a. Apply grades 910 Reading standards to literature (e.g., Analyze how an author draws on and transforms source material in a specific
work [e.g., how Shakespeare treats a theme or topic from Ovid or the Bible or how a later author draws on a play by Shakespeare]).

b. Apply grades 910 Reading standards to literary nonfiction (e.g., Delineate and evaluate the argument and specific claims in a text,
assessing whether the reasoning is valid and the evidence is relevant and sufficient; identify false statements and fallacious reasoning).
10. Write routinely over extended time frames (time for research, reflection, and revision) and shorter time frames (a single sitting or a
day or two) for a range of tasks, purposes, and audiences.
Big Ideas:

How can we learn about past society and culture from literature? What is Slavery? What barriers needed to be overcome to abolish
slavery? How has slavery changed (or remained the same) around the world? Does it still exist today?
Unit Goals and Objectives:

Students draw from what they have discovered to take on the persona of a person living in the time in which the stories were written. For
example, a student might create the persona of a teenager, slave, or slave master living on a plantation during and present to the class. By
the end of the unit, students will be able to compare and contrast how the treatment of slaves or race relations changed society (or
remained the same) in the last 100 years. Students will also write a paper discussing the racial and cultural barriers that are relevant in the

Unit Summary:

High school students study how historical literature reflects the past and the times in which it was created as well as the impact it can have
on the reader today. They will review excerpts from the four slave narratives written in Classic Slave Narratives: The Life of Olaudah
Equiano; The History of Mary Prince; Narrative of the Life of Frederick Douglass; and Incidents in the Life of Slave Girl and examine
primary sources from the time in which it was written. They analyze the data to produce a modern discussion of the narratives that takes
into account its historical context.

Assessment Plan:



Review Unit Resources


Slavery Webercise
Character Matrix
Reading Quiz Frederick
Douglass narrative
Reading Quiz Harriet Jacobs

Student autobiography
Critical essay

Lesson 1
Student Learning
Students will learn the
structure for writing an

Acceptable Evidence:
Students completion of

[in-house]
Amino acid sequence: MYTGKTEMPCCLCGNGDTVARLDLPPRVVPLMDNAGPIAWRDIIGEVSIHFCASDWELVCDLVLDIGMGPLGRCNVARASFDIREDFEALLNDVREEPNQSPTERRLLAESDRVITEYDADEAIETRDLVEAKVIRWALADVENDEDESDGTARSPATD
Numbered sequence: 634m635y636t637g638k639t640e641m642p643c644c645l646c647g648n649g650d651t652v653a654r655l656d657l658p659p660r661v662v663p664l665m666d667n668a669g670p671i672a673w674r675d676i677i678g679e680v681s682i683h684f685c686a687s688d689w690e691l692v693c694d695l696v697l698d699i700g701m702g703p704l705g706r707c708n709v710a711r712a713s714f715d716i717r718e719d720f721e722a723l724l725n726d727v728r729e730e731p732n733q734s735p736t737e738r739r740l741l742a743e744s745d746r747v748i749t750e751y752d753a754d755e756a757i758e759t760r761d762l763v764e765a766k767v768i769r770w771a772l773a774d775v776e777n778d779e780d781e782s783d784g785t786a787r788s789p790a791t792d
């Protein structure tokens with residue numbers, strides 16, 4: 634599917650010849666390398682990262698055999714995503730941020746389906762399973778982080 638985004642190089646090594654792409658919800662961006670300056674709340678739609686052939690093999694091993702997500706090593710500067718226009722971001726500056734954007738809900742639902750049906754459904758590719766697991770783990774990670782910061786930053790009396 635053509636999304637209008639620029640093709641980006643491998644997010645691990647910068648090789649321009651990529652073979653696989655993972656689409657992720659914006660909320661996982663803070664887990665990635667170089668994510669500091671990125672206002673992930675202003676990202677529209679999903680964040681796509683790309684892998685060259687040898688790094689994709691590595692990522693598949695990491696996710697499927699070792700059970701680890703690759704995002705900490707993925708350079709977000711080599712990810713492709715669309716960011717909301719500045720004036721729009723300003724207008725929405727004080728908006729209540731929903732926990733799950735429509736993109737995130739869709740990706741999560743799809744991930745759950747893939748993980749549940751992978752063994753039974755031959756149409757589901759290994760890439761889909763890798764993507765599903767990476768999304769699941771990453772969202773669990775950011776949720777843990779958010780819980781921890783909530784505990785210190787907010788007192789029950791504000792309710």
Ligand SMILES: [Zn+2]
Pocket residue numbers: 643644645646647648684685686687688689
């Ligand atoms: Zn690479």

the worksheet.

X Communication
X Presentation
X Interaction

Lesson Activities:
Students will participate in a class lecture and complete the guided
notes worksheet.

Acceptable Evidence:
Students completion of
the worksheet.

X Collection
X Interaction

Lesson Activities:
Students will complete the webercise worksheet.

Acceptable Evidence:
See Rubric

X Organization

Lesson Activities:
Students will create a character matrix graphic organizer.

Lesson 2
Student Learning
Students will activate
prior knowledge through
researching various
topics on slavery.
Lesson 3
Student Learning
Students will
demonstrate reading
comprehension and
analytical skills.

Unit Resources:

Writing Rubrics
Character Matrix Sample and Rubric
Lecture Worksheet

Useful Websites:

Understanding Slavery Initiative

This site contains information about everything one needs to know about slavery.
18th Century Slave Codes/Laws
In the eighteenth century slaves were considered property, non-human, several laws were developed on how to deal with the slave. This
site contains a list of the government-sanctioned laws concerning slaves.
Slave Rebellion In America
Slaves endured many hardships and harsh treatment, but not all of them took it hands down. This site contains a brief history of some of
the most notable rebellions.
Slave Revolts in the Caribbean

Slavery began in the Caribbean before it reached America. On the islands, slaves tried to rise and defend themselves against their harsh
handlers, but to no avail. This site contains a brief description of those revolts.
Jim Crow Laws 1890's -1960's

After slavery was abolished in America and slaves received their freedom America still persecuted them. The Jim Crow Laws were
developed to suppress the black population from prospering. This site contains a list of those laws. (Note: most of these laws were in
effect up until the 1970's)
History of Slave Music
This site contains a brief history of the origins of slave music.
The Secret Messages Embedded in Slave Songs

Slaves did not just sing songs to pass the time; most often they sang them as a way to send messages or warnings to each other because
they were prohibited from communicating with one another. This site contains samples of songs and the messages they attempted to
Documentary of Slave Narratives
This site contains a documentary film narrated by Samuel Jackson, Whoopi Goldberg, and others reading aloud the slave narratives
recorded by congress.
Slavery in the 21st Century
This site contains information about slavery that still exists today.
Other Historical Literature for Further Reading

This site contains a list of other good books that offer insight into our nations history.